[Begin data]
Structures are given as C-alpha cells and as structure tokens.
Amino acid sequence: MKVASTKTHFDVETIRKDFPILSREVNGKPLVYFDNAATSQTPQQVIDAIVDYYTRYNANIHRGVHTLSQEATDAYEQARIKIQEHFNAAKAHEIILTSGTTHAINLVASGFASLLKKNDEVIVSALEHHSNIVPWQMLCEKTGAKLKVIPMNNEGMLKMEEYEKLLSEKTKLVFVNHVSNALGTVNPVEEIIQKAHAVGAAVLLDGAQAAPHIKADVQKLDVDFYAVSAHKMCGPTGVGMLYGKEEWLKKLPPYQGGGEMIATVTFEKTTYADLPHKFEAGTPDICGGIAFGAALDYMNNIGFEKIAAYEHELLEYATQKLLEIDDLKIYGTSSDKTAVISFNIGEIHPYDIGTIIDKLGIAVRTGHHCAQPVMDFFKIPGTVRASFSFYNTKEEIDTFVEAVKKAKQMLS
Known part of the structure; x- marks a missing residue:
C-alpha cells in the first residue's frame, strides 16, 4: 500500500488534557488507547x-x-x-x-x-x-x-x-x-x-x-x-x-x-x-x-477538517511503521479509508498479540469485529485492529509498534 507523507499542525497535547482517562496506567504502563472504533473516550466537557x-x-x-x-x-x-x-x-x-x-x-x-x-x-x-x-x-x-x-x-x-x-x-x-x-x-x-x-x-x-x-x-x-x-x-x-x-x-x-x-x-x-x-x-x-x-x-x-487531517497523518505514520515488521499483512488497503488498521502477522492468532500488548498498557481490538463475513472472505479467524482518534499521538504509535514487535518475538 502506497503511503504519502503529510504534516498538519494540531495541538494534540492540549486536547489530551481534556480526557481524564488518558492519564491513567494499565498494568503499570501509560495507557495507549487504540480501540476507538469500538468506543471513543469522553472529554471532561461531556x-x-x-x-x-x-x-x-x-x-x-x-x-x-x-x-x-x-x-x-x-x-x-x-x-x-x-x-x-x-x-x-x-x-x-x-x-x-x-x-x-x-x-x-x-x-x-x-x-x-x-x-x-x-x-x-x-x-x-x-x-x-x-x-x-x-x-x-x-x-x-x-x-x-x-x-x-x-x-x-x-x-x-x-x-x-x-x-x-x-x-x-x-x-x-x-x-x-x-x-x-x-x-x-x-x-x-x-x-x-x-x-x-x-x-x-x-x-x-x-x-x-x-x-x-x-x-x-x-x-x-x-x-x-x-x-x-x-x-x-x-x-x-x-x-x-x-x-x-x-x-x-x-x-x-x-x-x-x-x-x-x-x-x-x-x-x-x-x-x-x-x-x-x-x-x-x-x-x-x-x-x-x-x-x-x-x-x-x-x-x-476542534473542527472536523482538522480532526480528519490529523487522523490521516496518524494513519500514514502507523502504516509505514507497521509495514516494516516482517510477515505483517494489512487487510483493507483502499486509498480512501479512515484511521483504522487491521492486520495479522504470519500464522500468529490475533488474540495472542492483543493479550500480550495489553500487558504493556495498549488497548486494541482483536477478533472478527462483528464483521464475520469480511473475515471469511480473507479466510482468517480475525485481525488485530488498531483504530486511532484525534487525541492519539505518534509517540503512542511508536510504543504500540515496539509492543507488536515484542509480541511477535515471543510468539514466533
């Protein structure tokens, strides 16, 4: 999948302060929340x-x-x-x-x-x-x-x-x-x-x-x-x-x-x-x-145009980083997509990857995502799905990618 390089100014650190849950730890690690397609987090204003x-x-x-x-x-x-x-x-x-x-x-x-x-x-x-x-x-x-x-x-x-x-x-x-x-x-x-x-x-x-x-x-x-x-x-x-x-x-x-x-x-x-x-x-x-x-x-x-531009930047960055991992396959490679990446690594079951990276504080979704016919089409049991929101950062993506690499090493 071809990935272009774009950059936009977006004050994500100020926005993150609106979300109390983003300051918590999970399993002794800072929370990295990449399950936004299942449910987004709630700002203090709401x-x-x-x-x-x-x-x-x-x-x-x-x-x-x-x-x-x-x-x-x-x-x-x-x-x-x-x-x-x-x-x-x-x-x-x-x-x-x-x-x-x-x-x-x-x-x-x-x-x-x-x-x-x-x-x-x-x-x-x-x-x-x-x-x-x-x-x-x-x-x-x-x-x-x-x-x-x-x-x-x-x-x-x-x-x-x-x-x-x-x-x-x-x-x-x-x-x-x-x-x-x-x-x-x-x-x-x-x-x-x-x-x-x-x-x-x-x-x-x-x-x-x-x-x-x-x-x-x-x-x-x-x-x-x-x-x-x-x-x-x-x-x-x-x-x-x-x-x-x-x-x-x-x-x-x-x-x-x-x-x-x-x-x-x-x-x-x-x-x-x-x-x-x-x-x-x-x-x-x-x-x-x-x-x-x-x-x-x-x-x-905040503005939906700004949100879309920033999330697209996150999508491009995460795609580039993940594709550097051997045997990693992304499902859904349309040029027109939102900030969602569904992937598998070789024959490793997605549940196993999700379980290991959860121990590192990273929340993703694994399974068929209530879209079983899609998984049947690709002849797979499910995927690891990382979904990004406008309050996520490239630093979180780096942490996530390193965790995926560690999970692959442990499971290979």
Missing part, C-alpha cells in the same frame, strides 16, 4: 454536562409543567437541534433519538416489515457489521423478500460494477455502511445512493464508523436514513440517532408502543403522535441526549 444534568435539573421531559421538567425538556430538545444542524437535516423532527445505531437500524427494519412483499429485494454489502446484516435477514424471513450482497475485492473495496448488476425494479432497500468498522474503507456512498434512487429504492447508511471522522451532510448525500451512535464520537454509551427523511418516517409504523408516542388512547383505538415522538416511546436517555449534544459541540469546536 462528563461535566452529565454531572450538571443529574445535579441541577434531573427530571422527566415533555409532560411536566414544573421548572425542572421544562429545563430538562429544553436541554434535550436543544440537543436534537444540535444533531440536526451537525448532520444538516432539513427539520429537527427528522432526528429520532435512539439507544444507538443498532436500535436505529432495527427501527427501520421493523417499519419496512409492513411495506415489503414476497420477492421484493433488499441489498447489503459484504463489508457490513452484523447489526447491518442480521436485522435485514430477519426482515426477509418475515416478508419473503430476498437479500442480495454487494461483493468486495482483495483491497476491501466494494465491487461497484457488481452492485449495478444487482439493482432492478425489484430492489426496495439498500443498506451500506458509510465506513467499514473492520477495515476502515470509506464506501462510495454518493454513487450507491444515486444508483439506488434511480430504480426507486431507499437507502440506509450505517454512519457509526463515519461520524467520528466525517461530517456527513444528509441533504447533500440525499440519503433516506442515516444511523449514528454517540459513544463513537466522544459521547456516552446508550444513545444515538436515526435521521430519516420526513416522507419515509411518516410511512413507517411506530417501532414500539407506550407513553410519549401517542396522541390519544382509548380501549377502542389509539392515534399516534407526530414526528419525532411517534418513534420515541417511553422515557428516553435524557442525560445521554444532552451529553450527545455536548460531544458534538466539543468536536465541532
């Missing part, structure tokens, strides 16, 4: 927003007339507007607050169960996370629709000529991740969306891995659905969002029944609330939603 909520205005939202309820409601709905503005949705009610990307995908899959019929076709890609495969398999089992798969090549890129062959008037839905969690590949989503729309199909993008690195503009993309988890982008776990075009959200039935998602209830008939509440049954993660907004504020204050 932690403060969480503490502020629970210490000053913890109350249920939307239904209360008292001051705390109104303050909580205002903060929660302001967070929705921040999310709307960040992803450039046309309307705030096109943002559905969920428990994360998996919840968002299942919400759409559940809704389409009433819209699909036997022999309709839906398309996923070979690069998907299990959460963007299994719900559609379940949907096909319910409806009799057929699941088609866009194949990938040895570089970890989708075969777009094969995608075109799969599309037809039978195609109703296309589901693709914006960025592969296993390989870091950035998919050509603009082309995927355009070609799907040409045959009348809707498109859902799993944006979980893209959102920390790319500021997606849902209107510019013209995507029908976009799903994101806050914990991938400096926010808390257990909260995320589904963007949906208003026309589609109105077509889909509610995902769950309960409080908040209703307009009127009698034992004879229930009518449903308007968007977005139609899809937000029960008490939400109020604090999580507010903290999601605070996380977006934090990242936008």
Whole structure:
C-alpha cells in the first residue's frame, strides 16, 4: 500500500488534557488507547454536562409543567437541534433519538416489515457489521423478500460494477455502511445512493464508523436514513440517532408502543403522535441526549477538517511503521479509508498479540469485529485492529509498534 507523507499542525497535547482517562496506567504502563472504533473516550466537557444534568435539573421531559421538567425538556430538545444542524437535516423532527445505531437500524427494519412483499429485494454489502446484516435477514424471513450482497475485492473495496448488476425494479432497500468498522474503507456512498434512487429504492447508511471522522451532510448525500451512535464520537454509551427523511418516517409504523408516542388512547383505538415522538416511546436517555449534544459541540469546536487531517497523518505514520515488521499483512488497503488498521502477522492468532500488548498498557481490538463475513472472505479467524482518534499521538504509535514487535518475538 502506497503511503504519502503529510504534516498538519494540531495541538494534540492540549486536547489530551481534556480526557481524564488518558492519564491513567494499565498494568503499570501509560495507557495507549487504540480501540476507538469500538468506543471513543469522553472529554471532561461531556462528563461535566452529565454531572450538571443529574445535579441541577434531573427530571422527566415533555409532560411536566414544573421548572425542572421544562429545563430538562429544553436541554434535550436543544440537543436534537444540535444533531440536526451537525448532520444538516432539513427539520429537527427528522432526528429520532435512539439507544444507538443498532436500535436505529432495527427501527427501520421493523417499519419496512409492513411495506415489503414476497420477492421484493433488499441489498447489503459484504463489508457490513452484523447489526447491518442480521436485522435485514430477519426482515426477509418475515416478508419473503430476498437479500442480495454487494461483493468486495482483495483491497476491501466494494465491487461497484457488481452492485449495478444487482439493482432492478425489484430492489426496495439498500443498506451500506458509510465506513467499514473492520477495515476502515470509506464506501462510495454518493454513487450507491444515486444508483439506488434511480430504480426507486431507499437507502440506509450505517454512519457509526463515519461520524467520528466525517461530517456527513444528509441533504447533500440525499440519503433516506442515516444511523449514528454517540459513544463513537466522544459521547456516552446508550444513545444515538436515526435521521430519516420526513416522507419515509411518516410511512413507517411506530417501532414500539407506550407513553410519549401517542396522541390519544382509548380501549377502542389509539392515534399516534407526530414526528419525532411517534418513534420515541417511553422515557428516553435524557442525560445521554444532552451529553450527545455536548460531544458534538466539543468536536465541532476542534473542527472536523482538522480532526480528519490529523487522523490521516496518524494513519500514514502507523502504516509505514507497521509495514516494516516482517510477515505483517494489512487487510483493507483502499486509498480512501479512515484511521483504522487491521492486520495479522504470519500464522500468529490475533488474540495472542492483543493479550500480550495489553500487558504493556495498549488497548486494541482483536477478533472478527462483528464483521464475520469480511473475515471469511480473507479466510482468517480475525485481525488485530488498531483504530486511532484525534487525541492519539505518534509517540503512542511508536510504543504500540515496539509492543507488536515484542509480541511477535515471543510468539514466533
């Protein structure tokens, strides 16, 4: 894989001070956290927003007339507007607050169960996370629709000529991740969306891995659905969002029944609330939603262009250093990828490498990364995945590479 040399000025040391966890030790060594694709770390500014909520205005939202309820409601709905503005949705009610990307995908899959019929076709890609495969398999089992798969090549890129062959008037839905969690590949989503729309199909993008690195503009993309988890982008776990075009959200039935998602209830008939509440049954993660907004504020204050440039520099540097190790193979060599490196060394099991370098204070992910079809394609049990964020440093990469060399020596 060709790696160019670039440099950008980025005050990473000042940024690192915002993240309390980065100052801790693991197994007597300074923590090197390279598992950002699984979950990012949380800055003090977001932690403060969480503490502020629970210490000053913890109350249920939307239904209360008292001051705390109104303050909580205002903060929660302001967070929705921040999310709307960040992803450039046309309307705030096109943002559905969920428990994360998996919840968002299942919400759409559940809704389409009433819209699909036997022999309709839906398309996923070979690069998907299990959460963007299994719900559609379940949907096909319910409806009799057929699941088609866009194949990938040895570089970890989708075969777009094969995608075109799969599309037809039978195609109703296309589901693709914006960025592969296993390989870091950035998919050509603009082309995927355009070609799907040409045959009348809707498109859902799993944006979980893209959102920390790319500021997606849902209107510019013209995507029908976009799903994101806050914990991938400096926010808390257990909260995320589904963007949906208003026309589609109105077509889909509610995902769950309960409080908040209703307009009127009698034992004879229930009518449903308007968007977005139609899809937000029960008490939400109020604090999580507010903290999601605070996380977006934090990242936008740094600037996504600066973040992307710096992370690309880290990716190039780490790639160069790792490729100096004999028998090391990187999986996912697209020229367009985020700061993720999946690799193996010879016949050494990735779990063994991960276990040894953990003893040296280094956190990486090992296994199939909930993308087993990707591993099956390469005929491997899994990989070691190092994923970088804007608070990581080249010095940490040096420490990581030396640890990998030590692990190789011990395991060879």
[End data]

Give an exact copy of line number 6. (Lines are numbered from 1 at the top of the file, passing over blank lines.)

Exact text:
Missing part, C-alpha cells in the same frame, strides 16, 4: 454536562409543567437541534433519538416489515457489521423478500460494477455502511445512493464508523436514513440517532408502543403522535441526549 444534568435539573421531559421538567425538556430538545444542524437535516423532527445505531437500524427494519412483499429485494454489502446484516435477514424471513450482497475485492473495496448488476425494479432497500468498522474503507456512498434512487429504492447508511471522522451532510448525500451512535464520537454509551427523511418516517409504523408516542388512547383505538415522538416511546436517555449534544459541540469546536 462528563461535566452529565454531572450538571443529574445535579441541577434531573427530571422527566415533555409532560411536566414544573421548572425542572421544562429545563430538562429544553436541554434535550436543544440537543436534537444540535444533531440536526451537525448532520444538516432539513427539520429537527427528522432526528429520532435512539439507544444507538443498532436500535436505529432495527427501527427501520421493523417499519419496512409492513411495506415489503414476497420477492421484493433488499441489498447489503459484504463489508457490513452484523447489526447491518442480521436485522435485514430477519426482515426477509418475515416478508419473503430476498437479500442480495454487494461483493468486495482483495483491497476491501466494494465491487461497484457488481452492485449495478444487482439493482432492478425489484430492489426496495439498500443498506451500506458509510465506513467499514473492520477495515476502515470509506464506501462510495454518493454513487450507491444515486444508483439506488434511480430504480426507486431507499437507502440506509450505517454512519457509526463515519461520524467520528466525517461530517456527513444528509441533504447533500440525499440519503433516506442515516444511523449514528454517540459513544463513537466522544459521547456516552446508550444513545444515538436515526435521521430519516420526513416522507419515509411518516410511512413507517411506530417501532414500539407506550407513553410519549401517542396522541390519544382509548380501549377502542389509539392515534399516534407526530414526528419525532411517534418513534420515541417511553422515557428516553435524557442525560445521554444532552451529553450527545455536548460531544458534538466539543468536536465541532